Lawyer Monthly - June 2022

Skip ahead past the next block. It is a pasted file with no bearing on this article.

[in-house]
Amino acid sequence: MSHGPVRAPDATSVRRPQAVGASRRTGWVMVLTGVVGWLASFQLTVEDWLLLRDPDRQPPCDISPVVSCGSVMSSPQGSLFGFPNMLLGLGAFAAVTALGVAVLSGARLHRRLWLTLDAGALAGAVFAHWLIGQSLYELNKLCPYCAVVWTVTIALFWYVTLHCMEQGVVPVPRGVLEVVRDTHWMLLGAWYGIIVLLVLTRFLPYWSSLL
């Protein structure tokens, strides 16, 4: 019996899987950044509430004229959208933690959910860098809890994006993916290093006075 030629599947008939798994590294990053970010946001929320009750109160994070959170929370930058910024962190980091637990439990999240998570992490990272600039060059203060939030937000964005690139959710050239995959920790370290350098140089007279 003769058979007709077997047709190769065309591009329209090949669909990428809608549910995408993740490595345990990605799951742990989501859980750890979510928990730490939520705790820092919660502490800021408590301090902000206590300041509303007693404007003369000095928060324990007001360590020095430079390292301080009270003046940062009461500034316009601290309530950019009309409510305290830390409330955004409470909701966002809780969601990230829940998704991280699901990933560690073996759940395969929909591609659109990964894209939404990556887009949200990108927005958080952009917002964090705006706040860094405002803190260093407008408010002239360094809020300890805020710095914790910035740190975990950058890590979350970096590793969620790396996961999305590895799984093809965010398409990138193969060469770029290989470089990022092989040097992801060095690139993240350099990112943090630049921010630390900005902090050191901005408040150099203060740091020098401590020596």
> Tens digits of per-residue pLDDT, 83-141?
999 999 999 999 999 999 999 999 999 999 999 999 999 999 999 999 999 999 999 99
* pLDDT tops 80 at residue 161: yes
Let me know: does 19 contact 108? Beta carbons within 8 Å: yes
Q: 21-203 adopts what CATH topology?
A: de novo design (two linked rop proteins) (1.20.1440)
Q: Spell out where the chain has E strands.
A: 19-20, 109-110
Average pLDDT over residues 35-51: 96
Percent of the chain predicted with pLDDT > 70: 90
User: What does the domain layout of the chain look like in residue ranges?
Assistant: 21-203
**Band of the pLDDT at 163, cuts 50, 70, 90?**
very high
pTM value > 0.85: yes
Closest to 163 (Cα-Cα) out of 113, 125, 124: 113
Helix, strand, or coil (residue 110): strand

EXPERT INSIGHT 56 WWW.LAWYER-MONTHLY.COM | JUN 2022 Pizza Ltd’s trademark registration for the “Milano Design Mark” registered on 22 November 2002 and claiming use in Canada since at least as early as March 1994 for the services “take out restaurant services, with delivery”. The plaintiff is an Ottawa-based company that licenses independent pizzeria owner-operators to use the MILANO PIZZERIA trademark, including the “Milano Design Mark” and other related marks the “Milano Marks”. The licensing arrangements involved a complex web of familial connections and subsequent non-familial owner/ operators. The licenses were not always put in writing and essentially involved requirements for licensees to purchase branded products and inventory from approved suppliers within an agreed-upon territory. Eventually, after a breakdown of the commercial relationship between the plaintiff and the defendants, the plaintiff’s permission to use the Milano Design Mark and related marks was revoked. The plaintiff claimed against the former licensee defendants for trademark infringement, passing off, and depreciation of goodwill based on Milano Design Mark. The defendants counterclaimed inter alia for expungement of the Milano Design Mark by reason of non-distinctiveness, abandonment, and non-entitlement. In its decision , the court dismissed the plaintiff’s action and the defendants’ succeeded in their counterclaim challenging the validity of the Milano Design Mark for non-distinctiveness under the s18(1)(b) of the Trademarks Act on the basis that the plaintiff did not exercise sufficient control over the character and quality of the of the licensed goods and services to attract the benefit of s50(1) of the Trademarks Act. The court also found that, due to the use of a similar trademark by a third party, the Milano Design Mark was diluted and thus no longer distinctive of the plaintiff. The decision of the federal court has been appealed by the plaintiffs, though the cautionary lessons discussed below remain relevant notwithstanding the ultimate disposition of the matter. Can you describe the implications that this carries for franchisors and trademark control? This case is a cautionary tale reminding trademark owners in general – and franchisors specifically – of the need to ensure that they exercise sufficient control (directly or indirectly) over the character and quality of the goods and services licenced to franchisees, along with the importance of documenting and implementing a consistent licensing regime. Controlling how a mark is presented, and trademark notices that name the licensor, for example, may be inadequate. The plaintiff failed to show that it exercised the required control over the character and quality of the finished pizzas to garner the protection of the Trademarks Act. The evidence showed that the various licensees could select and use their own ingredients (subject to inconsistently enforced supplier requirements), create their own menus Reducing all license agreements to writing is best practice and highly recommended.

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